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Converting an existing amplifier into a subwoofer amp

Discussion in 'General Electronics Discussion' started by fulbrightworks, Dec 6, 2018 at 3:04 PM.

  1. fulbrightworks

    fulbrightworks

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    I'm sure most everyone here is familiar with the Pass A40 (40 watt class A audio amplifier) DIY project from Nelson Pass. (I've tried to upload a screen shot of the schematic but this forum won't let me do that. So here's the link to the article: https://www.passdiy.com/gallery/amplifiers/the-pass-a-40-power-amplifier). In the article Mr. Pass says that capacitor C4 frequency compensates the amplifier using a feedforward technique. My question then is, could one change the high-end rolloff to, say, 80 Hz by simply altering the value of C4 (to use this project as a subwoofer power amp)?
     
  2. Harald Kapp

    Harald Kapp Moderator Moderator

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    Whe had an issue, it's fixed now. Please try again.
     
  3. fulbrightworks

    fulbrightworks

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    In the schematic you'll see that C4 provides negative feedback from the first voltage amplification transistor to the differential input stage. He says the high frequency rolloff provided by C4 comes into play around 200 kHz. So I'm wondering if by changing the value of this cap I could bring the rolloff down to about 80 Hz and make a subwoofer amp. Thoughts anyone?


    Pass A40.PNG
     
    Last edited by a moderator: Dec 7, 2018 at 1:56 AM
  4. Harald Kapp

    Harald Kapp Moderator Moderator

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    Using C4 for creating a low frequency cutoff is imho not a very precise way due to tolerances of the components involved. This is not important for the desired high frequency roll off in the original application.
    I suggest you put a well defined low pass filter in front of the amplifier to achieve the desired bandwidth limitation. With a single operational amplifier you can easily create a good 2nd order low pass.
     
  5. CircuitMaster

    CircuitMaster

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    Dec 17, 2016
  6. Harald Kapp

    Harald Kapp Moderator Moderator

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    From the original article, see link in post #1. Although I'd say this is a class AB model.
     
  7. Audioguru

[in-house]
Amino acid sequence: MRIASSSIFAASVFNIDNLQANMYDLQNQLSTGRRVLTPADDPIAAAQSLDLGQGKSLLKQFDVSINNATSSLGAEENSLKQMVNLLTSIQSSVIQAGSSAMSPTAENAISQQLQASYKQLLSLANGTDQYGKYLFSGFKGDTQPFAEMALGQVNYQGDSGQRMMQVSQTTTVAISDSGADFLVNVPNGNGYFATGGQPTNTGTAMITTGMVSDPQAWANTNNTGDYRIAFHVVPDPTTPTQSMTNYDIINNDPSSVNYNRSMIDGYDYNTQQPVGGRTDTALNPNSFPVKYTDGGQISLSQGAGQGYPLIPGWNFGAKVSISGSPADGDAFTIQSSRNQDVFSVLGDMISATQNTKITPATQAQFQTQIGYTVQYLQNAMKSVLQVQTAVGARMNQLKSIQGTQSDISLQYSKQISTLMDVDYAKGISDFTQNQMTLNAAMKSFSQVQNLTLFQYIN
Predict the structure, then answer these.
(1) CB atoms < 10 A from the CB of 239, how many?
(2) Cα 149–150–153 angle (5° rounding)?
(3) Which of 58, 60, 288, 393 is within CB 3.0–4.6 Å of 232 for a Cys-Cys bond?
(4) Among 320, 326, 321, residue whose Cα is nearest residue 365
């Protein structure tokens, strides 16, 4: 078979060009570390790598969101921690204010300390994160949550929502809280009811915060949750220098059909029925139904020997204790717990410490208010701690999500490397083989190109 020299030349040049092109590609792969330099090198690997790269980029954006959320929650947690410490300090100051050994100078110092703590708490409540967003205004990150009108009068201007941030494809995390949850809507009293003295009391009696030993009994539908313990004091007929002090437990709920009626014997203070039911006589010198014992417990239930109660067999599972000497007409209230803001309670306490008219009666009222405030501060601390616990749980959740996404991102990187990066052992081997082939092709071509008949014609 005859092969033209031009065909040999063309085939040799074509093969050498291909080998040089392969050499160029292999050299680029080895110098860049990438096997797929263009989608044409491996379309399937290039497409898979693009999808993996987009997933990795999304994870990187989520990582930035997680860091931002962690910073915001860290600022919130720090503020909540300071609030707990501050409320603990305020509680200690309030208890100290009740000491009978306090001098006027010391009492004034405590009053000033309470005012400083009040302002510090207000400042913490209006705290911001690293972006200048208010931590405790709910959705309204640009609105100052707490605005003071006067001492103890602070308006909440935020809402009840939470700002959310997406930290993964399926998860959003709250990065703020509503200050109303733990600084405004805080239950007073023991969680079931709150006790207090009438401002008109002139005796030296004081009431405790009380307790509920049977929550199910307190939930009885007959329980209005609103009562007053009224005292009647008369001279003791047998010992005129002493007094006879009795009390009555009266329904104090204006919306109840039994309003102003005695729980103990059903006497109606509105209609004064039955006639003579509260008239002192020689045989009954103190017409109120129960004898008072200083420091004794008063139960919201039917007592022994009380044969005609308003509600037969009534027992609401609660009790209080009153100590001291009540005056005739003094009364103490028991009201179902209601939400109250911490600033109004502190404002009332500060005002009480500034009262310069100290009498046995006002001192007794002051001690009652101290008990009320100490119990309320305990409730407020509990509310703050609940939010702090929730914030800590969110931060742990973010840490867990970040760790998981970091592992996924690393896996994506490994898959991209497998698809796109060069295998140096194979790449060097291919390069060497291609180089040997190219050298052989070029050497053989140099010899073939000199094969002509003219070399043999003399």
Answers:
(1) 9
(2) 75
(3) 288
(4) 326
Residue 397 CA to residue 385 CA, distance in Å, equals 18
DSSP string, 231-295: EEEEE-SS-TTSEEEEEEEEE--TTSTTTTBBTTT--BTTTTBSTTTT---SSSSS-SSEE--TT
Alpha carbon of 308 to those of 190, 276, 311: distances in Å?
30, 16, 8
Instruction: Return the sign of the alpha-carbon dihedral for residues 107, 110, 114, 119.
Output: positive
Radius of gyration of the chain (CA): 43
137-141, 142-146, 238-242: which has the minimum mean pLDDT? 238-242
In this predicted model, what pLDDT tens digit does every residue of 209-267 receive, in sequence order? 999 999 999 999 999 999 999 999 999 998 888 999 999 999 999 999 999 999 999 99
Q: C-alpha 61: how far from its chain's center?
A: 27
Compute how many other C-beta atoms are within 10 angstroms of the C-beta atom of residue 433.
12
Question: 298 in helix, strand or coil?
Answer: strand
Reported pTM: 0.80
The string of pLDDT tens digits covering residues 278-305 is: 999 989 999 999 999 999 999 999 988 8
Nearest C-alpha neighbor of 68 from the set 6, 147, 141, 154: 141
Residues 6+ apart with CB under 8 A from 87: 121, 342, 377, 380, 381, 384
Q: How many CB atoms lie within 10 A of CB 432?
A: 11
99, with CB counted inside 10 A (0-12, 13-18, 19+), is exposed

Audioguru

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    A single capacitor makes a 1st-order lowpass filter like the simple tone controls on an amplifier. It is useless for a subwoofer. You need an active 2nd-order or 3rd-order lowpass filter plus matching active highpass filters for the other speaker amplifiers.
     
  8. BobK

    BobK

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    Yes, the article goes on and on about how bad push-pull (class AB) amps are, and his solution is a push-pull circuit!

    Bob
     
  9. (*steve*)

    (*steve*) ¡sǝpodᴉʇuɐ ǝɥʇ ɹɐǝɥd Moderator

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    But he nearly sidesteps that by defining his design a class A. Magic!
     
  10. dave9

    dave9

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    It seems like a bit of a waste to me, I mean you can pick up a 50W+ class D sub amp on ebay for around $8. Granted the PSU for it will cost at least that but if you're only needing 40W then a laptop PSU might suffice. Point being then you have the Pass amp for something else.
     
  11. WHONOES

    WHONOES

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    The amp shown in you schematic is a bog standard design for class A/B. It can be turned into a class A by simply cranking up the current in the output stage. This is done by adjusting the values around the Vbe multiplier of Q6 R11 and R12.
    There are improvements that could be made to the circuit. With regard to using for a sub bass, you own solution is not very good for reasons already stated by others. A good low pass filter in front of the amp is the best way. Google Sallen - Key filters. They are easy to build and work very well.
     
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